Thursday, February 14, 2008


Do we, Western Europeans and Americans, talk too much about the Holocaust? Tony Judt, the historian whose views of America and Israel are, shall we say, not among the most charitable, thinks so:

My final worry concerns the relationship between the memory of the European Holocaust and the state of Israel. Ever since its birth in 1948, the state of Israel has negotiated a complex relationship to the Shoah. On the one hand the near extermination of Europe's Jews summarized the case for Zionism. Jews could not survive and flourish in non-Jewish lands, their integration and assimilation into European nations and cultures was a tragic delusion, and they must have a state of their own. On the other hand, the widespread Israeli view that the Jews of Europe conspired in their own downfall, that they went, as it was said, "like lambs to the slaughter," meant that Israel's initial identity was built upon rejecting the Jewish past and treating the Jewish catastrophe as evidence of weakness: a weakness that it was Israel's destiny to overcome by breeding a new sort of Jew.

But in recent years the relationship between Israel and the Holocaust has changed. Today, when Israel is exposed to international criticism for its mistreatment of Palestinians and its occupation of territory conquered in 1967, its defenders prefer to emphasize the memory of the Holocaust. If you criticize Israel too forcefully, they warn, you will awaken the demons of anti-Semitism; indeed, they suggest, robust criticism of Israel doesn't just arouse anti-Semitism. It is anti-Semitism. And with anti-Semitism the route forward —or back—is open: to 1938, to Kristallnacht, and from there to Treblinka and Auschwitz. If you want to know where it leads, they say, you have only to visit Yad Vashem in Jerusalem, the Holocaust Museum in Washington, or any number of memorials and museums across Europe.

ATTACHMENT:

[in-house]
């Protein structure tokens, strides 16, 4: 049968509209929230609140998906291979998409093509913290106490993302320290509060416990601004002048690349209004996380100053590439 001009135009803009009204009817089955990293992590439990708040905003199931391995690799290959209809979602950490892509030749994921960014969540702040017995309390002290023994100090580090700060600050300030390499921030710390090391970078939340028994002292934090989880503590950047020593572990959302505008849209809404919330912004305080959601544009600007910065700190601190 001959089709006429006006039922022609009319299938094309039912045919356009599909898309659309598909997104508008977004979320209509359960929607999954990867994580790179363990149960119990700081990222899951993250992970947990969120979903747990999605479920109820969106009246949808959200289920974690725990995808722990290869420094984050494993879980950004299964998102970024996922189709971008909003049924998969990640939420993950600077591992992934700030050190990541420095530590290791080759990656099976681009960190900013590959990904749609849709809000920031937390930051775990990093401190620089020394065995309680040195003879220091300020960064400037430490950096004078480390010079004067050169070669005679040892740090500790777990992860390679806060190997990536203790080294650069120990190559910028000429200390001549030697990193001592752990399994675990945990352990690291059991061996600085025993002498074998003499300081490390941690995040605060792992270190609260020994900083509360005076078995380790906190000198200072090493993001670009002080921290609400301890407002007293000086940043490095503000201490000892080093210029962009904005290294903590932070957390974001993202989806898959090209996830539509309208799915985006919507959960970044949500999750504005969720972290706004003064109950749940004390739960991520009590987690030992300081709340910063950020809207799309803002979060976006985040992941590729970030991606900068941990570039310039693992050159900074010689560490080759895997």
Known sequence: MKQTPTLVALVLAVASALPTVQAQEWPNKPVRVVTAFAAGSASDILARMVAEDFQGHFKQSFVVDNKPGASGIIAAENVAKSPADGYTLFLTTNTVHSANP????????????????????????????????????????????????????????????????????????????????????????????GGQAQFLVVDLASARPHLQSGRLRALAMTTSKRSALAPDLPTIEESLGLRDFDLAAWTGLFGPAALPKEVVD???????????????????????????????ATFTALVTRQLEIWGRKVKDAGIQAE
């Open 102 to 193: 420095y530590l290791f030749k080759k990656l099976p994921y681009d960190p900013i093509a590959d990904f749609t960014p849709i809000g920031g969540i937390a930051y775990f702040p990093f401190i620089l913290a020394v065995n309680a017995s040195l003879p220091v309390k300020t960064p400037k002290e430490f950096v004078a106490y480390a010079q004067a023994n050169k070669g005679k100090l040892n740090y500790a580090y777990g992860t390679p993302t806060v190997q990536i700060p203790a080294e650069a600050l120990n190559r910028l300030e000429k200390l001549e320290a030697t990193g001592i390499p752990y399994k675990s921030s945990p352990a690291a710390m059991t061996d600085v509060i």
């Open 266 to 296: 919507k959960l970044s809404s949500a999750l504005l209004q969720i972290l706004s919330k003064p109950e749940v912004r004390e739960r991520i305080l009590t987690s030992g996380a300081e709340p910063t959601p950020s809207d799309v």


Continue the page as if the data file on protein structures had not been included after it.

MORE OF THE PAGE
I understand the emotions behind such claims. But the claims themselves are extraordinarily dangerous. When people chide me and others for criticizing Israel too forcefully, lest we rouse the ghosts of prejudice, I tell them that they have the problem exactly the wrong way around. It is just such a taboo that may itself stimulate anti-Semitism. For some years now I have visited colleges and high schools in the US and elsewhere, lecturing on postwar European history and the memory of the Shoah. I also teach these topics in my university. And I can report on my findings.

Students today do not need to be reminded of the genocide of the Jews, the historical consequences of anti-Semitism, or the problem of evil. They know all about these—in ways their parents never did. And that is as it should be. But I have been struck lately by the frequency with which new questions are surfacing: "Why do we focus so on the Holocaust?" "Why is it illegal [in certain countries] to deny the Holocaust but not other genocides?" "Is the threat of anti-Semitism not exaggerated?" And, increasingly, "Doesn't Israel use the Holocaust as an excuse?" I do not recall hearing those questions in the past.

My fear is that two things have happened. By emphasizing the historical uniqueness of the Holocaust while at the same time invoking it constantly with reference to contemporary affairs, we have confused young people. And by shouting "anti-Semitism" every time someone attacks Israel or defends the Palestinians, we are breeding cynics. For the truth is that Israel today is not in existential danger. And Jews today here in the West face no threats or prejudices remotely comparable to those of the past—or comparable to contemporary prejudices against other minorities.

I can understand how the class of people who think like Judt are eager to see the Holocaust in the rear view mirror -- and to convince or bully everyone else into seeing it there, too. But as I suppose that also requires everyone to be convinced that the statement "Israel today is not in existential danger" is a "truth" (not an informed opinion, even), he's got a long way to go. And lecturing thus to the Europeans, and printing it in the NYRB, is preaching to the tenors.